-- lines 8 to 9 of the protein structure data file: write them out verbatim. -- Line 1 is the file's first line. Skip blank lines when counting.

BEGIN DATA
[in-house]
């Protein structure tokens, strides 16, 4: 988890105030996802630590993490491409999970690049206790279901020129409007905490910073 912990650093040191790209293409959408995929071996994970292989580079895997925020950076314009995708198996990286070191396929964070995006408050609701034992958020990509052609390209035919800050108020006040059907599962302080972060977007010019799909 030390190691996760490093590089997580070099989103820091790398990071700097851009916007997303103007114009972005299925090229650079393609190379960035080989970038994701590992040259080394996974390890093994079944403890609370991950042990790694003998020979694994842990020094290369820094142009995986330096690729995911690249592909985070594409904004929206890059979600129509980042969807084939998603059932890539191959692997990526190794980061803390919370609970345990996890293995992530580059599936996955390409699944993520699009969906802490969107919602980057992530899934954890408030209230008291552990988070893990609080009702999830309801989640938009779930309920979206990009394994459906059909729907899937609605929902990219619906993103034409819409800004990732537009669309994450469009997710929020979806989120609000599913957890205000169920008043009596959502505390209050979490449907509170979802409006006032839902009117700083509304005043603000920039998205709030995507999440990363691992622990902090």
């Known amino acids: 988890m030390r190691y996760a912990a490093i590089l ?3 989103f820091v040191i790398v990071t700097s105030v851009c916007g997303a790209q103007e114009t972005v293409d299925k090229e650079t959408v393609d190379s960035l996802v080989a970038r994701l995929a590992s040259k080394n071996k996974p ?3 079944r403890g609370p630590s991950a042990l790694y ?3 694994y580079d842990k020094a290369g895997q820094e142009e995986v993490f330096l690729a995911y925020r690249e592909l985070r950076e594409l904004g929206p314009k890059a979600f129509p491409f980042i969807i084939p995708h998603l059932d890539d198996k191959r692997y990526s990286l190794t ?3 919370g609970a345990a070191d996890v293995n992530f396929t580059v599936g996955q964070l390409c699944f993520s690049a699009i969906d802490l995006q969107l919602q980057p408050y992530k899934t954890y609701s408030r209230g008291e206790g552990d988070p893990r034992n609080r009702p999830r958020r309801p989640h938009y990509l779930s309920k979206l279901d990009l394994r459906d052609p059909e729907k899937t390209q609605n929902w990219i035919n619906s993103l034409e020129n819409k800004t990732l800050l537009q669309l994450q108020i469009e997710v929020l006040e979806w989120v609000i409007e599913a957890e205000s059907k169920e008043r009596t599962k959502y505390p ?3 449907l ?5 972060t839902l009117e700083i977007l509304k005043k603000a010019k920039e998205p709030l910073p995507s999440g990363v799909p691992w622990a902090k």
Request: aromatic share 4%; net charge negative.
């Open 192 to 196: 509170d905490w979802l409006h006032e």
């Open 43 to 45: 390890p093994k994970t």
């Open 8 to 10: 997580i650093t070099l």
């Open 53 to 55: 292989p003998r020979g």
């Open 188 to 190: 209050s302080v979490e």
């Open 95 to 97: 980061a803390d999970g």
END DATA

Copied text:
């Open 53 to 55: 292989p003998r020979g």
């Open 188 to 190: 209050s302080v979490e």